I Studied Trump’s Twitter Use for Six Years. Prepare for the Worst.
The situation at Twitter has been chaotic. Over the past few weeks, new owner Elon Musk introduced a major product — and then paused it. He’s dismissed hundreds of employees — and then asked some of them to return.
But nothing Musk has done and undone is nearly as concerning as his decision to suddenly reinstate former President Donald Trump’s account. Like many of Musk’s decisions as the company’s “chief twit,” this one is hard to understand. Mr. Musk had previously said he wouldn’t reinstate any accounts until a content moderation council with “wildly diverse viewpoints” convenes. It’s unclear if a council was ever convened; Mr. Trump’s account was reinstated after Mr. Musk conducted an online poll, something he’s historically done to get buy-in for something he’s already decided to do.
While Mr. Trump has recently said he has no plans to return to Twitter, that position seems unlikely to stick given his need for attention, the challenges facing his social-media venture Truth Social and his recent announcement to run for president.
As someone who has been studying Mr. Trump’s Twitter use since before he was elected president, I believe that his return would mean the heightened spread of both misinformation and disinformation, the proliferation of degrading and dehumanizing discourse, the further mainstreaming of hate speech and the erosion of democratic norms and institutions. But there is something else: Mr. Trump’s return to Twitter could escalate the likelihood of political violence.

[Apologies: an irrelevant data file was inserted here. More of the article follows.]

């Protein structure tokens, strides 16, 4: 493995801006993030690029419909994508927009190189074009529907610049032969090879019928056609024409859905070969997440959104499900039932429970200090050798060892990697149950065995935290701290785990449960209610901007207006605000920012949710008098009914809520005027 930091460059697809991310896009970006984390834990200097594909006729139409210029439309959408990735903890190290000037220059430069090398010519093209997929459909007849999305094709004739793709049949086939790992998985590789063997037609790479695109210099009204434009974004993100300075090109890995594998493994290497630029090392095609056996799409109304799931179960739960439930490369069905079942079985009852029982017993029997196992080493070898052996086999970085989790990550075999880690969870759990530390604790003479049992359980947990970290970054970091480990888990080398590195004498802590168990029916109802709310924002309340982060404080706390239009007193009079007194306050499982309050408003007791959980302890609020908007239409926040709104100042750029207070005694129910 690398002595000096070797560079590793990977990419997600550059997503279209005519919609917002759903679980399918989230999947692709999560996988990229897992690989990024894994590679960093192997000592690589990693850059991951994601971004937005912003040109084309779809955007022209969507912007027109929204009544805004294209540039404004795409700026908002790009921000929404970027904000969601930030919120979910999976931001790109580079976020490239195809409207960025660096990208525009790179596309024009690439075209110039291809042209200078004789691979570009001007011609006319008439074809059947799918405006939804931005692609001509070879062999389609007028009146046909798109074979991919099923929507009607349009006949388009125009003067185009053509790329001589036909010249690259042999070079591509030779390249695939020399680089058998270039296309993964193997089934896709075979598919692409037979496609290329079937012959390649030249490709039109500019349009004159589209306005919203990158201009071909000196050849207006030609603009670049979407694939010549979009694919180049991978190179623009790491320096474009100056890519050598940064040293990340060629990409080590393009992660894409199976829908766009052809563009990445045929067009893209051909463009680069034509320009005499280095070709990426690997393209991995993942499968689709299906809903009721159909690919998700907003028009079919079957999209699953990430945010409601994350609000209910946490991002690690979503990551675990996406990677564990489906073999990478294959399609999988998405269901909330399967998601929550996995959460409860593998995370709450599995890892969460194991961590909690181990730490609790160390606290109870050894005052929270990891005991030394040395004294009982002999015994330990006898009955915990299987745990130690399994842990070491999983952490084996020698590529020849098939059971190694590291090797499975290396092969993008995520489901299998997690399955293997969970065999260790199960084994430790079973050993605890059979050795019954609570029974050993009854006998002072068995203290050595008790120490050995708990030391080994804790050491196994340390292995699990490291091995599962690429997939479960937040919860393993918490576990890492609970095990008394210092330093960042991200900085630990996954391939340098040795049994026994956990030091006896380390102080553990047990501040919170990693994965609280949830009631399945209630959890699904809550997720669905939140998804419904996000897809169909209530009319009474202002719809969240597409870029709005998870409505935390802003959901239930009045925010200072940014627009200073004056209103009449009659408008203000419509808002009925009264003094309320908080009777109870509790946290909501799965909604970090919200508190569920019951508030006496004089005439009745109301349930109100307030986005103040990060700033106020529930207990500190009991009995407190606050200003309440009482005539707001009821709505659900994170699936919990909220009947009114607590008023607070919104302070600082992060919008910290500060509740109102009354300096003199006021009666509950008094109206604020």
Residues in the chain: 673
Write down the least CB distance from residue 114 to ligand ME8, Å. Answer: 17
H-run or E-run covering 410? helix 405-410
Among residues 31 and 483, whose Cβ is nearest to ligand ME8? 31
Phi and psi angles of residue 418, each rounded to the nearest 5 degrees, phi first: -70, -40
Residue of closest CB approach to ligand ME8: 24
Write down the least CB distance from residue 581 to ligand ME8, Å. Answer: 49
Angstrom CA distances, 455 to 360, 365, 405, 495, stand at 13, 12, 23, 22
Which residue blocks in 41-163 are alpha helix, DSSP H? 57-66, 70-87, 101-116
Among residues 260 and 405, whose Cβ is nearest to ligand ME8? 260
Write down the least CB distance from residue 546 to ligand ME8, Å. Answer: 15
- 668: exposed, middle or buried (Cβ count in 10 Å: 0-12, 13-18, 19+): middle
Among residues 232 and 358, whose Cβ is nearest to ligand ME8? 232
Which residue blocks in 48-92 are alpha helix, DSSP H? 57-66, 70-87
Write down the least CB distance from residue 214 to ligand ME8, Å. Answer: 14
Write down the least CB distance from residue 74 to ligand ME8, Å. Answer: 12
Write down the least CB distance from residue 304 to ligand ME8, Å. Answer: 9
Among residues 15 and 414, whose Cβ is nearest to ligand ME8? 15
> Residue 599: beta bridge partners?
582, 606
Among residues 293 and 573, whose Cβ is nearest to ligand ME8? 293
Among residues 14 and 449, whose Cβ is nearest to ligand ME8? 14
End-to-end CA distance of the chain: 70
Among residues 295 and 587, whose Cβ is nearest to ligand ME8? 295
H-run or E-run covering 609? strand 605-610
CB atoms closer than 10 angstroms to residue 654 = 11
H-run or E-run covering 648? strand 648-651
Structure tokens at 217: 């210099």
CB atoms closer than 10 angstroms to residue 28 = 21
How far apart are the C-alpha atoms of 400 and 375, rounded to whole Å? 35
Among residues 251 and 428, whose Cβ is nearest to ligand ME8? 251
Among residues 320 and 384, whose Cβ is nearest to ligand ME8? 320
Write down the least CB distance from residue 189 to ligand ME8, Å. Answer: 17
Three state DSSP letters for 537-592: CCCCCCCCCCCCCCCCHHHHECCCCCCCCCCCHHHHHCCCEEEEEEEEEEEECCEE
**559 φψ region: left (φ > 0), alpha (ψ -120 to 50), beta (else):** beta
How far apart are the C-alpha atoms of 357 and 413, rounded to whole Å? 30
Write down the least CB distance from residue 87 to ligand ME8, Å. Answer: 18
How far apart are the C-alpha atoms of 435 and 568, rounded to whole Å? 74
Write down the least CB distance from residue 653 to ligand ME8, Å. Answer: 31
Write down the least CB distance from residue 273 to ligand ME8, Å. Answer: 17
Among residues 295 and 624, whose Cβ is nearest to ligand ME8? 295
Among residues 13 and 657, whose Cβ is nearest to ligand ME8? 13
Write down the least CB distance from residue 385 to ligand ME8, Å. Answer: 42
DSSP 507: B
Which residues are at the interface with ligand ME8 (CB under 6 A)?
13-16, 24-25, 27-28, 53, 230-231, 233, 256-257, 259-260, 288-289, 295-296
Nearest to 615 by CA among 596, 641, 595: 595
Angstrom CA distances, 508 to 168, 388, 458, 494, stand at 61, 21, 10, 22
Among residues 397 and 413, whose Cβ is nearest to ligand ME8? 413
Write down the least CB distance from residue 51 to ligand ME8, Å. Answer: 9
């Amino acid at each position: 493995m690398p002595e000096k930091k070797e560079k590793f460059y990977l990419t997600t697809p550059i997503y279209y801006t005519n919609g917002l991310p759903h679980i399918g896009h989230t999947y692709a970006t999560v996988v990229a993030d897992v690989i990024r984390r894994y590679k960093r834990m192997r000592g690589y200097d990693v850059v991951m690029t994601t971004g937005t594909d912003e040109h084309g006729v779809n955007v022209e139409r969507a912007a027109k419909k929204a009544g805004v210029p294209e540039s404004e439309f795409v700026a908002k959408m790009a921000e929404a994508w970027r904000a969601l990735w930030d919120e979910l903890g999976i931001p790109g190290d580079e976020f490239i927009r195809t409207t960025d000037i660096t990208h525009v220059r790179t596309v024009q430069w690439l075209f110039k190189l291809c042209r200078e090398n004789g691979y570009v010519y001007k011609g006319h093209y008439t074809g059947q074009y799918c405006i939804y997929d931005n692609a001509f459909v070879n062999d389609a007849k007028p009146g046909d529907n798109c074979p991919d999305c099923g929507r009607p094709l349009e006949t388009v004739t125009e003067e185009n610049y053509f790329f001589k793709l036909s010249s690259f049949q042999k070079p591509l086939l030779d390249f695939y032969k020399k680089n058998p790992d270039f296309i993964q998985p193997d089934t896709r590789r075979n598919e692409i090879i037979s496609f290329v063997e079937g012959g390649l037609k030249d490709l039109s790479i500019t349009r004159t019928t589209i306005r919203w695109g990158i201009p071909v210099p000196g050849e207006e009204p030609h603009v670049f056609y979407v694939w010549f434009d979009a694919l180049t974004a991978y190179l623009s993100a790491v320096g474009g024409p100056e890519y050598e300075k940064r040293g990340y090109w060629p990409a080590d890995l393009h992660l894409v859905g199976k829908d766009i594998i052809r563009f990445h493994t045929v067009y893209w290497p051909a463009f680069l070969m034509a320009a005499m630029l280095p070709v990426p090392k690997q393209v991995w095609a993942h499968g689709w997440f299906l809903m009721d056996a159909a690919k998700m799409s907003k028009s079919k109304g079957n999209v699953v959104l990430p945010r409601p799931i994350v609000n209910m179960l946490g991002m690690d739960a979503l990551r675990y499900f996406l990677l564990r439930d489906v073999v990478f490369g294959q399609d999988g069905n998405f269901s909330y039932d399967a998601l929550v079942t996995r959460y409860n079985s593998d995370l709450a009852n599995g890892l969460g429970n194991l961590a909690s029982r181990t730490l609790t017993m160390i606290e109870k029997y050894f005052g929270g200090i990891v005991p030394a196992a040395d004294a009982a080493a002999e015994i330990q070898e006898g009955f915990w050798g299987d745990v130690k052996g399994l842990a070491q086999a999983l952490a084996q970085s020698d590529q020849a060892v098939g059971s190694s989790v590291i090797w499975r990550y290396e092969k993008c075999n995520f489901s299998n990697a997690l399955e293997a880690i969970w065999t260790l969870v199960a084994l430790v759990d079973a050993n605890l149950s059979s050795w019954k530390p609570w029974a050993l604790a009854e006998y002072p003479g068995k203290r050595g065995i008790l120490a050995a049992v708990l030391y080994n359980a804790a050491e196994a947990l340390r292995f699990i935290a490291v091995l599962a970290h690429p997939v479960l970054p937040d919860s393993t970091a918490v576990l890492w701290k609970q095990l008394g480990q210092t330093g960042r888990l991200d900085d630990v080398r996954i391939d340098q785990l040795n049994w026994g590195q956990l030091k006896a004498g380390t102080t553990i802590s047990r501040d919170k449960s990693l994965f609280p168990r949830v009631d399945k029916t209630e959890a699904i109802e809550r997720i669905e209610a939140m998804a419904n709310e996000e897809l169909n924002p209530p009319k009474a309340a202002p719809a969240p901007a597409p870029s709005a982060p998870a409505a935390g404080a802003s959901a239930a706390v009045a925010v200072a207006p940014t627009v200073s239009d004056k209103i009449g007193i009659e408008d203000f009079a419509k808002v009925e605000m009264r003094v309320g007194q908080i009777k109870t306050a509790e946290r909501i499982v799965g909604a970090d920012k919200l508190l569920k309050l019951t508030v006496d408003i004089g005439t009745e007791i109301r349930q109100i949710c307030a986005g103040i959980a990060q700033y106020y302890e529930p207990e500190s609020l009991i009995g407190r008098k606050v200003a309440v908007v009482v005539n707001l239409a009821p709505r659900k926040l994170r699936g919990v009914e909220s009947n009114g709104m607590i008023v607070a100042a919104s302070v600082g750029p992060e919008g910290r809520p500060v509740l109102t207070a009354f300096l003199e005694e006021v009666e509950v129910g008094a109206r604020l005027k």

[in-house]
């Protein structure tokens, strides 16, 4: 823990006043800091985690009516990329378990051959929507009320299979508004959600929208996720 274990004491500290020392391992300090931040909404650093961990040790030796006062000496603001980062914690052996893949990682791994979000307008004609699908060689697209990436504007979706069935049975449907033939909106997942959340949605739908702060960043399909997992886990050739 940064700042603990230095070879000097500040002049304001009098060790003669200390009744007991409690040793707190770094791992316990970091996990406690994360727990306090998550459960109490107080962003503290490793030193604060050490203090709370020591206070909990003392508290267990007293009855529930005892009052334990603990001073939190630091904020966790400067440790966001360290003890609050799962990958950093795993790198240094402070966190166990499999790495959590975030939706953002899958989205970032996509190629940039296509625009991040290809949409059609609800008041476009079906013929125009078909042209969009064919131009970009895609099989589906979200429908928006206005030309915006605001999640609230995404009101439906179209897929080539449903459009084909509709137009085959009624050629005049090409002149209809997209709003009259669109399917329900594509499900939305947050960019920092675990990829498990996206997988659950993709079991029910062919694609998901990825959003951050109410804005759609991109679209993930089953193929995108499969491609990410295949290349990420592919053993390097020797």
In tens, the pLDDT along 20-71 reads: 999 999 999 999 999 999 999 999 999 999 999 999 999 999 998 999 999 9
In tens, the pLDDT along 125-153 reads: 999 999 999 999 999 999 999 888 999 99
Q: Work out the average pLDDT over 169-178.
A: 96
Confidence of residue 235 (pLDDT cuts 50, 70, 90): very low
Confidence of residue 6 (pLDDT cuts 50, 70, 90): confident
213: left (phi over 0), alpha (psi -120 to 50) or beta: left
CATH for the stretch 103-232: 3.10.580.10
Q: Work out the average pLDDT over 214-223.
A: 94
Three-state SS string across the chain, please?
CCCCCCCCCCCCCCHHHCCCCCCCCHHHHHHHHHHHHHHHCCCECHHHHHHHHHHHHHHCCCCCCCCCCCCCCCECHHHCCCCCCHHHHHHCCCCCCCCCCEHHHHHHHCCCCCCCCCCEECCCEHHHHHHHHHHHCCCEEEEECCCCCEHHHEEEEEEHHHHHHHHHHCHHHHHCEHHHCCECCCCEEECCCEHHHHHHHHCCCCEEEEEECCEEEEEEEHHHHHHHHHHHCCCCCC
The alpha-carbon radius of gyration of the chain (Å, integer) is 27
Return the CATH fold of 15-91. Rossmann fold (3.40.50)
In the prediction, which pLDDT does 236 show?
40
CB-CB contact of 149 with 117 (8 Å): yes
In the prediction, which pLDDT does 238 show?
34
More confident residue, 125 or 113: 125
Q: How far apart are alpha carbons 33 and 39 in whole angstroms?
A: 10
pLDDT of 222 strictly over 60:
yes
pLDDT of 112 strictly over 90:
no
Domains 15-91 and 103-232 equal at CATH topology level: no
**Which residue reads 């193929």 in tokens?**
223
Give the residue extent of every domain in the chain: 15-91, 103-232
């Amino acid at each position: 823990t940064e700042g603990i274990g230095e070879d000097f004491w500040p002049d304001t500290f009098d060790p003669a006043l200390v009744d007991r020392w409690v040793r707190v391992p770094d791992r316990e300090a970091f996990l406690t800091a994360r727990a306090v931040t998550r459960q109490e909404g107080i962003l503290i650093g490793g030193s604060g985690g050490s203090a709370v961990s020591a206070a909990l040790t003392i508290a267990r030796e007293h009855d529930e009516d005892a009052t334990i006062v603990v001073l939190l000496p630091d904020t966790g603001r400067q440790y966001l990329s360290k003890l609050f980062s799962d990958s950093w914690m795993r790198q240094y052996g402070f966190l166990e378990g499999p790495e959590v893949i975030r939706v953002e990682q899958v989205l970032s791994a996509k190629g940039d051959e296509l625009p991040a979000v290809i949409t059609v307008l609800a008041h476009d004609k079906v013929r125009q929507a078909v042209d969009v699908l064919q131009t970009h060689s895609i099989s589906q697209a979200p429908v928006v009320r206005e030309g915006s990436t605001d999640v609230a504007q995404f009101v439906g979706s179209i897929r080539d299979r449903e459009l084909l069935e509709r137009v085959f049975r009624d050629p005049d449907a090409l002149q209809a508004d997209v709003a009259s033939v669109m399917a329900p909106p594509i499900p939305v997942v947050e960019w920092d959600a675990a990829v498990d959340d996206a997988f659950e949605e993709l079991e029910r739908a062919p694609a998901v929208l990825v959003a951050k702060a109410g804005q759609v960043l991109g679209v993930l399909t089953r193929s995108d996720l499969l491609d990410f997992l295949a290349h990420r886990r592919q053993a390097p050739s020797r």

Simply put, if you are surrounded by dry kindling, add an accelerant and light a match, conflagration is the predictable outcome.
The most important factor in understanding why Mr. Trump’s possible return to Twitter is so dangerous concerns the structural similarity between the Twitter platform and the content of Mr. Trump’s rhetoric. Twitter’s strict 280-character limitation, its hyper-focus on what’s happening at any given moment and its ease of use distinguish it from other social media platforms that allow users to publicly share their ideas and opinions.
Like all forms of communication, the defining features of Twitter create inherent structural biases. The platform is well suited for communicating simple messages widely and quickly. But Twitter’s three primary structural biases — simplicity, incivility and impulsivity — make it a lousy platform for engaging in thoughtful, sustained discussion of serious matters related to the public interest.
Twitter also participates in and contributes to the broader communication ecosystem of social media. Social-media platforms are biased in the direction of divisiveness and dogmatism. The underlying structure of these platforms generally invites and encourages users to seek out like-minded people who, in turn, become even more convinced of the “correctness” of their views. Given that so much of our news and information is filtered through social media, much of what we are exposed to simply confirms what we already think.